February 22, 2002

Pietenpol to direct basic science at Cancer Center

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Jennifer Pietenpol, Ph.D., and Scott Hiebert, Ph.D., talk with Lee E. Limbird, Ph.D., associate vice chancellor for Research, at a reception Tuesday honoring Larry Marnett, Ph.D., for his contributions as associate director for basic science programs since the establishment of the Vanderbilt-Ingram Cancer Center. (photo by Anne Rayner Pollo)

Pietenpol to direct basic science at Cancer Center

Dr. Harold Moses presents Larry Marnett with a caricature of Marnett, his sports car, the new Preston Building, a “super aspirin” and Mrs. A.B. Hancock Jr., who funds the lab Marnett directs. (photo by Anne Rayner Pollo)

Dr. Harold Moses presents Larry Marnett with a caricature of Marnett, his sports car, the new Preston Building, a “super aspirin” and Mrs. A.B. Hancock Jr., who funds the lab Marnett directs. (photo by Anne Rayner Pollo)

Jennifer Pietenpol, Ph.D., has been named to senior leadership of the Vanderbilt-Ingram Cancer Center as associate director for basic science programs.

Associate professor of Biochemistry, Pietenpol has been a member of the Vanderbilt faculty since 1994. Her research has focused on the workings of the tumor suppressor p53 and the role of cell cycle checkpoint pathways in the development, and potential treatment, of cancer.

In a related development, Scott Hiebert, Ph.D., professor of Biochemistry, has been appointed to succeed Pietenpol as leader of Vanderbilt-Ingram’s Research Program in Signal Transduction and Cell Proliferation, which Pietenpol has led for the past two years.

Pientenpol succeeds Lawrence J. Marnett, Ph.D., who has served as associate director for basic science programs since the Vanderbilt Cancer Center was established in 1993. Marnett remains as Mary Geddes Stahlman Professor of Cancer Research and director of the A.B. Hancock Jr. Research Center. However, he has resigned the administrative post to focus more attention on his first love—research in the field of chemical biology and particularly the development of aspirin-like compounds that may be helpful in a number of diseases including cancer.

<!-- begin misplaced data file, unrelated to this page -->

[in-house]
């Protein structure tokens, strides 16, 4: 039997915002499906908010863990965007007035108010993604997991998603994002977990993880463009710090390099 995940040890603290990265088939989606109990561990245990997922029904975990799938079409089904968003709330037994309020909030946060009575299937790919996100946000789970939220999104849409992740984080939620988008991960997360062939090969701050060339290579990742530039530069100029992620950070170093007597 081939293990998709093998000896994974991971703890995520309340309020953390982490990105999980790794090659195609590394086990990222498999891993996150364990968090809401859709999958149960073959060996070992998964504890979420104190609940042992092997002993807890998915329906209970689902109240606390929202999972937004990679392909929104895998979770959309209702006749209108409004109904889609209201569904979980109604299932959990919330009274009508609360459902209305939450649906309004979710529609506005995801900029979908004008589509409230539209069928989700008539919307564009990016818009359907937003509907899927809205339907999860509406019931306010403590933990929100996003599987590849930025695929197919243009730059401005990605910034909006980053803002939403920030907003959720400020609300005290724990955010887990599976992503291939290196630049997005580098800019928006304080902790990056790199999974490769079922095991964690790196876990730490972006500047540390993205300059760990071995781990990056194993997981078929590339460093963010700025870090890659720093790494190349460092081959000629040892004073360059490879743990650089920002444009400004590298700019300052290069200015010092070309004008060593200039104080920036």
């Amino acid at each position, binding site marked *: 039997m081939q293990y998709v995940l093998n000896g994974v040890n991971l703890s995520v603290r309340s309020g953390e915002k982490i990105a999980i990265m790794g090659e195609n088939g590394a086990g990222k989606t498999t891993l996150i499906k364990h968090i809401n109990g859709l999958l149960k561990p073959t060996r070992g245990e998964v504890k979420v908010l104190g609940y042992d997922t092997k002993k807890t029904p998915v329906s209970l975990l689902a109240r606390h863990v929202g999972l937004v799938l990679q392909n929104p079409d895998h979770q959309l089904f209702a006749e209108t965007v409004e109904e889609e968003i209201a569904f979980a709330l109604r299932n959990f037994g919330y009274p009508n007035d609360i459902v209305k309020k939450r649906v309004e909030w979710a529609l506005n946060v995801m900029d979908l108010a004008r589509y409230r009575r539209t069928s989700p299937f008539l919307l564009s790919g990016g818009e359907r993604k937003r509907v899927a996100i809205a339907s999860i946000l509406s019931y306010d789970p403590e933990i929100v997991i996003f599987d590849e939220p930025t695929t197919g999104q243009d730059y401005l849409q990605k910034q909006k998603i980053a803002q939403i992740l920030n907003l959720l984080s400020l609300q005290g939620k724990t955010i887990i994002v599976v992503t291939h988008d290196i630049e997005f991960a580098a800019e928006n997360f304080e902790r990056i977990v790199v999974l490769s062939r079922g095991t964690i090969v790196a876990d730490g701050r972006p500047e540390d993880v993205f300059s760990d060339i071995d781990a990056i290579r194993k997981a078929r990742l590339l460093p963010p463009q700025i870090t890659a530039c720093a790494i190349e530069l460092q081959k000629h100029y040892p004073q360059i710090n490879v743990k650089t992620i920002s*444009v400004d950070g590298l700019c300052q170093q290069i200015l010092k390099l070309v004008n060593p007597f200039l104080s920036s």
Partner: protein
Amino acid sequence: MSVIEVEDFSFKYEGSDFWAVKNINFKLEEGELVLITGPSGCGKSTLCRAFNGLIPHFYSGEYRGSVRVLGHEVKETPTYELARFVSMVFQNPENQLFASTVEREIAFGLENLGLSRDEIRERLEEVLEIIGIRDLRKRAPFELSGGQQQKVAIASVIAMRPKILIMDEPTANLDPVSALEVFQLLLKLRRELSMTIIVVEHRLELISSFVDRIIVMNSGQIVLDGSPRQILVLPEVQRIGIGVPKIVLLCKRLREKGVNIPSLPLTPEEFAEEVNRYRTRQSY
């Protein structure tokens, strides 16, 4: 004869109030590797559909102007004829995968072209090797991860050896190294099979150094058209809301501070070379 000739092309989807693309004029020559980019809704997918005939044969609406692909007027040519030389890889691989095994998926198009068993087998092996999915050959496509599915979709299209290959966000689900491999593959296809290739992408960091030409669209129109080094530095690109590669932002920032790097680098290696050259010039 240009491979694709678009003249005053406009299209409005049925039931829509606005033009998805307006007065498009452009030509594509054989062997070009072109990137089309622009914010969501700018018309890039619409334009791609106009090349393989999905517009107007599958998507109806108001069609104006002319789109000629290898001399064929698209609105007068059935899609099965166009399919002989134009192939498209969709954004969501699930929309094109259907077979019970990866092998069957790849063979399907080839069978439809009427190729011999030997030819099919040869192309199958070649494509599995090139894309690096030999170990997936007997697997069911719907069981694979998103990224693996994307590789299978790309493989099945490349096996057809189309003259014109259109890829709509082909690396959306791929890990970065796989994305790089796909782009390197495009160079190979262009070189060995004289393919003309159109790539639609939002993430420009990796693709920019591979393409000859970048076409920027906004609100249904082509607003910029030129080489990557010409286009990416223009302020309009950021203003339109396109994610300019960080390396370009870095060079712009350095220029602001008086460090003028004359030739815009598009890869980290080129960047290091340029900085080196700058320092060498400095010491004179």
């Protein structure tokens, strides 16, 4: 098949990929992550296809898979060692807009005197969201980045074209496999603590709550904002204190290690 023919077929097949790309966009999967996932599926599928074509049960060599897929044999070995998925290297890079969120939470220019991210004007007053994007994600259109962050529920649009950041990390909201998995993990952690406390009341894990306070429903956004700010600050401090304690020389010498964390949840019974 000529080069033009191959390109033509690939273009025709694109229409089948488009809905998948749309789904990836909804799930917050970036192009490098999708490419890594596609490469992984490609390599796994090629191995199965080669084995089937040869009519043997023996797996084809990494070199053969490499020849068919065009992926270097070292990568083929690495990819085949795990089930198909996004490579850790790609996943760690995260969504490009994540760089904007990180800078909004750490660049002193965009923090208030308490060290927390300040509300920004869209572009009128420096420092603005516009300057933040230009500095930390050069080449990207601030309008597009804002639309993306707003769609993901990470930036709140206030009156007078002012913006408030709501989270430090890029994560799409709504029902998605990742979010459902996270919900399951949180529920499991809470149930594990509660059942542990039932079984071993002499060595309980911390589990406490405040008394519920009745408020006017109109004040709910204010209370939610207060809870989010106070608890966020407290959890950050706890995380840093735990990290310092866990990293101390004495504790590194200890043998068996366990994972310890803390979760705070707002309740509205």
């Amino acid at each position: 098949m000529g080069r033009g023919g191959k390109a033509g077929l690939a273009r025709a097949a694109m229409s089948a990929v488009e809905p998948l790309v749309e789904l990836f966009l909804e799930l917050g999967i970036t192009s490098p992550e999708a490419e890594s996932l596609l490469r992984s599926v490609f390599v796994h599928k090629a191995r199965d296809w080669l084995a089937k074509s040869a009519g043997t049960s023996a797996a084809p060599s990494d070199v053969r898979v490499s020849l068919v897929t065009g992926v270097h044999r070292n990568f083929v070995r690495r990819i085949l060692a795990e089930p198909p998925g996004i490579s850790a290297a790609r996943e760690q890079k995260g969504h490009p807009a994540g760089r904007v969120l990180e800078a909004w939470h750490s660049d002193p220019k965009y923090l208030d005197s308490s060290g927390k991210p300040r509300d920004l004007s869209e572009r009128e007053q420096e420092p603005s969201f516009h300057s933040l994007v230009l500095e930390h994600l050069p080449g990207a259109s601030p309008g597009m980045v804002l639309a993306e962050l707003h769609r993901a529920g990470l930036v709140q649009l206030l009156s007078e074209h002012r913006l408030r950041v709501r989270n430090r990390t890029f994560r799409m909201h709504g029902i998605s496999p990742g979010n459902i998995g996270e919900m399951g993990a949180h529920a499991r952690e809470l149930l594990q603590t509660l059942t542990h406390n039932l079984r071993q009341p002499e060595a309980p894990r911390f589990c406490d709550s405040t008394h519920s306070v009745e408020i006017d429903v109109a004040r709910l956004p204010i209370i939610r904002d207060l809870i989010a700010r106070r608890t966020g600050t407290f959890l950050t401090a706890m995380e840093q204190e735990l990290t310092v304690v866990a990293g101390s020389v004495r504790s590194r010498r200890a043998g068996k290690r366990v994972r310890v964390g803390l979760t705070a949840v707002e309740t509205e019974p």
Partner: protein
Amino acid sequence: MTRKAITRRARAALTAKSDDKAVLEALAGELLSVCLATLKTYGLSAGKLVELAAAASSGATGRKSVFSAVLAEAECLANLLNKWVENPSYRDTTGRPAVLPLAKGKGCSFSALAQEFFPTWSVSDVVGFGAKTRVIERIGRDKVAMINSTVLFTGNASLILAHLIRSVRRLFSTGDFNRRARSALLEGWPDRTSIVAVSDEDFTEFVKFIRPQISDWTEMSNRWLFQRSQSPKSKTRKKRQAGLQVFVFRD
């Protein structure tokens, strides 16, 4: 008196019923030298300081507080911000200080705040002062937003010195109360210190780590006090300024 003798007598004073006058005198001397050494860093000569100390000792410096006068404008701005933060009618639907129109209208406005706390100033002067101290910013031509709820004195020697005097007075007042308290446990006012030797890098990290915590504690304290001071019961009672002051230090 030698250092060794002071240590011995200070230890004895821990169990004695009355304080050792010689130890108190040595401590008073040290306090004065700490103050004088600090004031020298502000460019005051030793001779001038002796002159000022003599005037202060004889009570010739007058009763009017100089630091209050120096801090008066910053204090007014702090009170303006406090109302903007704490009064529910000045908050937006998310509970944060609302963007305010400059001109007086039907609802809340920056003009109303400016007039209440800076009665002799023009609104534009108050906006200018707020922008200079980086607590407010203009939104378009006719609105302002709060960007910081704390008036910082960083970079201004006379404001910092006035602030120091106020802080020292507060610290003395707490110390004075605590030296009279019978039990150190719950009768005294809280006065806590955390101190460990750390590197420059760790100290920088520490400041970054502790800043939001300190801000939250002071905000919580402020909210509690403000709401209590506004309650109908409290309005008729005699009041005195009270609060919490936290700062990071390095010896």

“For a young cancer center, Vanderbilt-Ingram Cancer Center has accomplished a great deal,” said Dr. Harold L. Moses, Benjamin F. Byrd Professor of Oncology and director of the Vanderbilt-Ingram Cancer Center.

“Much of the credit for our success lies with Larry Marnett,” Moses said. “He has been an integral part of this Cancer Center since before there was a formal Cancer Center. His contributions are greatly appreciated, including superb training of a wonderfully qualified successor to lead our basic research programs. We also anticipate continued important contributions to the Cancer Center and the worldwide fight against cancer to grow out of Larry’s ongoing research into the causes of cancer and ways to prevent it.”